Cork Reports


From the winning 1720 Babbelaas Bach; Farr 40s; designer Mark Mills on Thunder's win; the Laser SB3s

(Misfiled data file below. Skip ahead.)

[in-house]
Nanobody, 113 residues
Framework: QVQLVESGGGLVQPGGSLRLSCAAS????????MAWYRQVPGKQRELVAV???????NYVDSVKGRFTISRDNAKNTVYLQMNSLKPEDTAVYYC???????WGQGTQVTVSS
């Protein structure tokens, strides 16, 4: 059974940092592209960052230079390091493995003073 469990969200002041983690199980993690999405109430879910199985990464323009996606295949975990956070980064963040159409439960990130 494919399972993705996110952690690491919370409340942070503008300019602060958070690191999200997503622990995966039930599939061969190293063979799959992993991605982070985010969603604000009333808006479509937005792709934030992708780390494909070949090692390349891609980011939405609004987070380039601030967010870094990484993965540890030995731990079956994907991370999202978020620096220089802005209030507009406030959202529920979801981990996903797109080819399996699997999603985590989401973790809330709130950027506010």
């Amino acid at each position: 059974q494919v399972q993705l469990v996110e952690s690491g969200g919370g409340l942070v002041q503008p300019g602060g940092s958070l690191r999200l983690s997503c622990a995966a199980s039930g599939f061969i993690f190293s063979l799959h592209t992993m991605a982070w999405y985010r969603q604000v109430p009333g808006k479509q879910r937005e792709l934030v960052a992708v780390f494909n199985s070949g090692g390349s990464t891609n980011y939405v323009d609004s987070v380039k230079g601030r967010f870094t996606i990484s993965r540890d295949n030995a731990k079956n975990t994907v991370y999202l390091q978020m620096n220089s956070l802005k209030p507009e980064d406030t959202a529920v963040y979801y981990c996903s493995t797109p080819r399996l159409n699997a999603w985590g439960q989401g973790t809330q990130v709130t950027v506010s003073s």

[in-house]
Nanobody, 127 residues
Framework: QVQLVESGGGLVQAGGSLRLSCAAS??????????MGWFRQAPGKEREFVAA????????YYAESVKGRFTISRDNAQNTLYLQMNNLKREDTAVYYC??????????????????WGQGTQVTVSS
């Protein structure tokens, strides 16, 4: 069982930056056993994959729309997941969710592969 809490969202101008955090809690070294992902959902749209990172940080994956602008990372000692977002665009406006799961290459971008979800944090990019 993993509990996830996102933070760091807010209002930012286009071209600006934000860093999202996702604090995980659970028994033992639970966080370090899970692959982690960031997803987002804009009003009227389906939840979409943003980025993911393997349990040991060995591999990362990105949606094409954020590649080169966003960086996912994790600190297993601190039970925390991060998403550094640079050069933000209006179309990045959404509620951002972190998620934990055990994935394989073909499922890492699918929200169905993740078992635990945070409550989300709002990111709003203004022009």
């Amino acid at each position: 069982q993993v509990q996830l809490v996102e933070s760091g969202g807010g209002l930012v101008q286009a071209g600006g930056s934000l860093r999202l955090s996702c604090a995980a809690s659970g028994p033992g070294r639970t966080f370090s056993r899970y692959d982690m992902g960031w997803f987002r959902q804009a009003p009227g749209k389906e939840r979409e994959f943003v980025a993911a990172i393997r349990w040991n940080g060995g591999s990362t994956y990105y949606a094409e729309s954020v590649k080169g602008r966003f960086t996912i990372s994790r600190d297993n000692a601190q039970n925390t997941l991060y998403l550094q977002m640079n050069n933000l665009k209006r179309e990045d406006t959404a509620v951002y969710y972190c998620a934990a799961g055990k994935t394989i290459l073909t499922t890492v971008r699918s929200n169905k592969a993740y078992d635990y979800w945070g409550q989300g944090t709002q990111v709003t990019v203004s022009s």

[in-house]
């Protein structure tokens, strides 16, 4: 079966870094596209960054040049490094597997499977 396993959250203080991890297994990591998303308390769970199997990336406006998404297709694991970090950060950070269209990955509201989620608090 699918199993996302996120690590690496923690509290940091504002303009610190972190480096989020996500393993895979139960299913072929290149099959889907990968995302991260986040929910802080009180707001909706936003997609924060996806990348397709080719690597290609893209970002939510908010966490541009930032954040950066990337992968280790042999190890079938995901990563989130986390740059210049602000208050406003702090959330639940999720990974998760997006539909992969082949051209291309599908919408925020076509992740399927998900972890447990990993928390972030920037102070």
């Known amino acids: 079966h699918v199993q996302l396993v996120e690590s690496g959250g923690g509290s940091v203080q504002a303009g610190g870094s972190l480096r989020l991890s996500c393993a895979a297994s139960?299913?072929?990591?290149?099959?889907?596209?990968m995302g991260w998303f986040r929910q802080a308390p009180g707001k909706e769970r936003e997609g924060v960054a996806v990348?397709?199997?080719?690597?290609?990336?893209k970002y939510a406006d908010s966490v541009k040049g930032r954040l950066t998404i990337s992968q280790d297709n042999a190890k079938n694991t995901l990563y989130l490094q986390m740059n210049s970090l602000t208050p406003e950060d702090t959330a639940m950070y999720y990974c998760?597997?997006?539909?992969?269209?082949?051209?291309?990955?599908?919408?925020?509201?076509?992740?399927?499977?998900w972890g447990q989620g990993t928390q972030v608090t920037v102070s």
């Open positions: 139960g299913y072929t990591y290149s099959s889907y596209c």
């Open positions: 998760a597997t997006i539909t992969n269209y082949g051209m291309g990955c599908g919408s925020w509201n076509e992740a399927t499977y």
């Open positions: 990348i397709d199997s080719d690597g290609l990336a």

Ford Cork Week - excellent hospitality, a fine venue, but this year there were a few gripes which emerged. The fleet as usual was divided between marinas, but in the interests presumably of saving money the organisers had failed to lay on a water taxi between the two and only half the fleet ended up enjoying the famous Cork post-race pontification at the beer tents. Another comment madfor sailing received was that the turnaround between some of the races took too long. "I thought they could have turned the races around a bit quicker for us, seeing as we are the high performance racing class. There seemed to be a lot of delay - we seemed to be sailing more between races than during the races which was the only bad thing I think. But I really enjoyed it. Everything else was really organised, it was all safe, no violence," one crewman told us. However there was considerable joy on one 1720 - John Riccards' Babbelaas Bach.She was not only IRM/Sportboat Boat of the Week but also won the generous prize offered by Peter Harrison's GBR Challenge of sending two of their amateur crewmen to New Zealand to watch one of the first two Round Robins of the Louis Vuitton Cup. Taking up the prize will be the owner's son, the team's 13 year old bowman, Owen Rickards, and trimmer, Andrew Price. Babbelaas Bach was first in the 1720 class by a comfortable margin - with 28 points ahead of Michel Riley's Le Bouchon on 56. There were accusations that this was the North Sails works team, trying to make an impression on the class, but Nigel Young, Manager of North's One Design division in the UK and who was doing mainsheet on board denies this. "It's funny. We just sail

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